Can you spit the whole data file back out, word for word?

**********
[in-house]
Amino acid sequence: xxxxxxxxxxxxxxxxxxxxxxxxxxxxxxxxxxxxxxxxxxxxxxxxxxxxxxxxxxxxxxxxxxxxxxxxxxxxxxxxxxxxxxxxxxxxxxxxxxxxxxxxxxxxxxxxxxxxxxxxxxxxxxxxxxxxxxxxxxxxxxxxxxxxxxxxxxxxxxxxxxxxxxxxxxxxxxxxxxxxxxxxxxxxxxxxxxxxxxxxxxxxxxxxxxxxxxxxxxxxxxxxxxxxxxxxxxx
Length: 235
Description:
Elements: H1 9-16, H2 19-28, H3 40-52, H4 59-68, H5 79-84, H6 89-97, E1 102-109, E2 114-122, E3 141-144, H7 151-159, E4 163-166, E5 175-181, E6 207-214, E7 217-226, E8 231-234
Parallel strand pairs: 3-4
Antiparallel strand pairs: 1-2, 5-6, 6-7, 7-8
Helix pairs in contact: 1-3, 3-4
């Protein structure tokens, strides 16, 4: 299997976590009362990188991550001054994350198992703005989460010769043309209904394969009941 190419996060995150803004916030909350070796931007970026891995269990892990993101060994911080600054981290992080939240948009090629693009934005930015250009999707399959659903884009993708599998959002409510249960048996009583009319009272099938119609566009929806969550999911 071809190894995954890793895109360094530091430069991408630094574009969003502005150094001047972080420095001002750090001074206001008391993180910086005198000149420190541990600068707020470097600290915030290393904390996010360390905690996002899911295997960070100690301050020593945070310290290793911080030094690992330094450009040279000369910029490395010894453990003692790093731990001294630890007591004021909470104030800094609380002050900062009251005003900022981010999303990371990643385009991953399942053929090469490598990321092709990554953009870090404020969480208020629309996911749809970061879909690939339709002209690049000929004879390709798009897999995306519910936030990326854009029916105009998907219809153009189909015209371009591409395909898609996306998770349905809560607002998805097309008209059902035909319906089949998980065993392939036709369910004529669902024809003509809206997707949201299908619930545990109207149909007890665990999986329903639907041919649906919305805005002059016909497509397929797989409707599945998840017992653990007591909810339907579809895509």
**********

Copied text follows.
[in-house]
Amino acid sequence: xxxxxxxxxxxxxxxxxxxxxxxxxxxxxxxxxxxxxxxxxxxxxxxxxxxxxxxxxxxxxxxxxxxxxxxxxxxxxxxxxxxxxxxxxxxxxxxxxxxxxxxxxxxxxxxxxxxxxxxxxxxxxxxxxxxxxxxxxxxxxxxxxxxxxxxxxxxxxxxxxxxxxxxxxxxxxxxxxxxxxxxxxxxxxxxxxxxxxxxxxxxxxxxxxxxxxxxxxxxxxxxxxxxxxxxxxxx
Length: 235
Description:
Elements: H1 9-16, H2 19-28, H3 40-52, H4 59-68, H5 79-84, H6 89-97, E1 102-109, E2 114-122, E3 141-144, H7 151-159, E4 163-166, E5 175-181, E6 207-214, E7 217-226, E8 231-234
Parallel strand pairs: 3-4
Antiparallel strand pairs: 1-2, 5-6, 6-7, 7-8
Helix pairs in contact: 1-3, 3-4
């Protein structure tokens, strides 16, 4: 299997976590009362990188991550001054994350198992703005989460010769043309209904394969009941 190419996060995150803004916030909350070796931007970026891995269990892990993101060994911080600054981290992080939240948009090629693009934005930015250009999707399959659903884009993708599998959002409510249960048996009583009319009272099938119609566009929806969550999911 071809190894995954890793895109360094530091430069991408630094574009969003502005150094001047972080420095001002750090001074206001008391993180910086005198000149420190541990600068707020470097600290915030290393904390996010360390905690996002899911295997960070100690301050020593945070310290290793911080030094690992330094450009040279000369910029490395010894453990003692790093731990001294630890007591004021909470104030800094609380002050900062009251005003900022981010999303990371990643385009991953399942053929090469490598990321092709990554953009870090404020969480208020629309996911749809970061879909690939339709002209690049000929004879390709798009897999995306519910936030990326854009029916105009998907219809153009189909015209371009591409395909898609996306998770349905809560607002998805097309008209059902035909319906089949998980065993392939036709369910004529669902024809003509809206997707949201299908619930545990109207149909007890665990999986329903639907041919649906919305805005002059016909497509397929797989409707599945998840017992653990007591909810339907579809895509």